A central part of international trade is accurate identification of the goods being traded. Goods must be accurately classified for a number of reasons:
To facilitate this, every product has a code. This code is often known by terms such as tariff number, commodity code, or HS (harmonised system) code, but the proper term is harmonised code. In the EU it is most commonly known as the Combined Nomenclature (CN).
Each code is made up of a series of numbers. The first 6 digits are standard for all countries around the world. Further digits then provide a more detailed classification, but these can vary between customs areas. For example, after the first 6 digits, the EU nomenclature is different to the US system. There are approximately 5000 codes and between 97-99 chapters that refer to the HS codes which seems a lot but it keeps the world of trade running smoothly, allowing trade to flow securely, with the correct paperwork and highlights any anomalies that could be fraudulent or dangerous.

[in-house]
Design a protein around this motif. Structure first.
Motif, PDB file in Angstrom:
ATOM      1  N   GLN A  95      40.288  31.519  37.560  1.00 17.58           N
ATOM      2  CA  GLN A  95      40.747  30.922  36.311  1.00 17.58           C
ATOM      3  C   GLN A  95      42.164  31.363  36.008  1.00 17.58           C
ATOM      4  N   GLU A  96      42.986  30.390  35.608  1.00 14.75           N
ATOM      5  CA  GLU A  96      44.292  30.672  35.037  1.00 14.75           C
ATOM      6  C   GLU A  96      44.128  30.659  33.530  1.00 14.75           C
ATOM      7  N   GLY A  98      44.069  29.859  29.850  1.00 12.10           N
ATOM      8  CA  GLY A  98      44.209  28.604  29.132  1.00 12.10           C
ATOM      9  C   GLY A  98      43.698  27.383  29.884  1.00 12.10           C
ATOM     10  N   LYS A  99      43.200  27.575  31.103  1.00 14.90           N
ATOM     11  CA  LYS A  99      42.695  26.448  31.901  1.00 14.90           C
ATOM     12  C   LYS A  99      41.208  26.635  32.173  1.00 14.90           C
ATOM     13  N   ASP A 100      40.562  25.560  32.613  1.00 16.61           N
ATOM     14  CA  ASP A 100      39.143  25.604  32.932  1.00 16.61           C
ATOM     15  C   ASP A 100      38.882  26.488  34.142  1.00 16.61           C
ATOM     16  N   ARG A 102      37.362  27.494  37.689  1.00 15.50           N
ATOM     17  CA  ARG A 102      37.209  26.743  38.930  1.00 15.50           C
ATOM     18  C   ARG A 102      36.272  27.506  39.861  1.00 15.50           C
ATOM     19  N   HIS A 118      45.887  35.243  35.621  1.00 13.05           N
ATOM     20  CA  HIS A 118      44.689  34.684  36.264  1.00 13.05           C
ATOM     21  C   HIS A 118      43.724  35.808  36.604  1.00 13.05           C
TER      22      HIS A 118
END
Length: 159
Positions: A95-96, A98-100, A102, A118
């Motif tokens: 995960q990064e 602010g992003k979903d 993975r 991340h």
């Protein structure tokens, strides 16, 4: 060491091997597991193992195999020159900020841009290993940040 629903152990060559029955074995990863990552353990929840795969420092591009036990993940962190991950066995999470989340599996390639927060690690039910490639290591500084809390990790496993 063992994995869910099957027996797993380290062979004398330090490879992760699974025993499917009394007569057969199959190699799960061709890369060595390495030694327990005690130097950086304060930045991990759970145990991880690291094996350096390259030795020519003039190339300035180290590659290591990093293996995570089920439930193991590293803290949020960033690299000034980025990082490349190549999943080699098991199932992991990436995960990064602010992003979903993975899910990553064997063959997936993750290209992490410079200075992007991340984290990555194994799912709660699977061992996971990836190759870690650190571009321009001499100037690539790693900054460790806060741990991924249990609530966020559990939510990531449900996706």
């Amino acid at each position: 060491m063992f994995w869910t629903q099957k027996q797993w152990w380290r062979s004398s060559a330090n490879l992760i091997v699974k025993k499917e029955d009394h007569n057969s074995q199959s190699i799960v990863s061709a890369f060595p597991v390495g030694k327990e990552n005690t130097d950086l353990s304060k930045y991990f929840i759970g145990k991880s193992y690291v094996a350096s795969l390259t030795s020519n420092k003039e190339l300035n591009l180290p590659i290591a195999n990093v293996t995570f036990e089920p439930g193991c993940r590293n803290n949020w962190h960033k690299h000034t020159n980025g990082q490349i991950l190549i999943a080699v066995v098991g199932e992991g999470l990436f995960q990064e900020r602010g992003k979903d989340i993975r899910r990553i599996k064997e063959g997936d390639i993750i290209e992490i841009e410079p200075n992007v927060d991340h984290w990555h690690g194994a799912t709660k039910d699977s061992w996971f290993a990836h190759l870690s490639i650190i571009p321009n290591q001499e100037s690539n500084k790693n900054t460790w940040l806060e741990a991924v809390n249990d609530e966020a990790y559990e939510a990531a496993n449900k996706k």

EU codes are usually 8 digits for export declarations and 10 for imports. The US uses a 10 digit code.
There are two main reasons why it’s so important for exporters to make sure they are using the right codes for their goods. Firstly, it means your products are subject to the correct tariffs and duties. Secondly, if you use the wrong code your shipments could be delayed, you may be subject to additional inspections, and you could face significant fines and penalties. Deliberately using the wrong code to avoid or reduce tariff implications is illegal and even if a discrepancy is accidental, the responsibility lies with the exporter. This applies even if you are advised by a third party, such as a freight forwarder.
The HMRC online tool can be found on the OBD platform and is very useful for helping you determine the right code. There is also a tariff classification service helpline (01702 366077) which can help.
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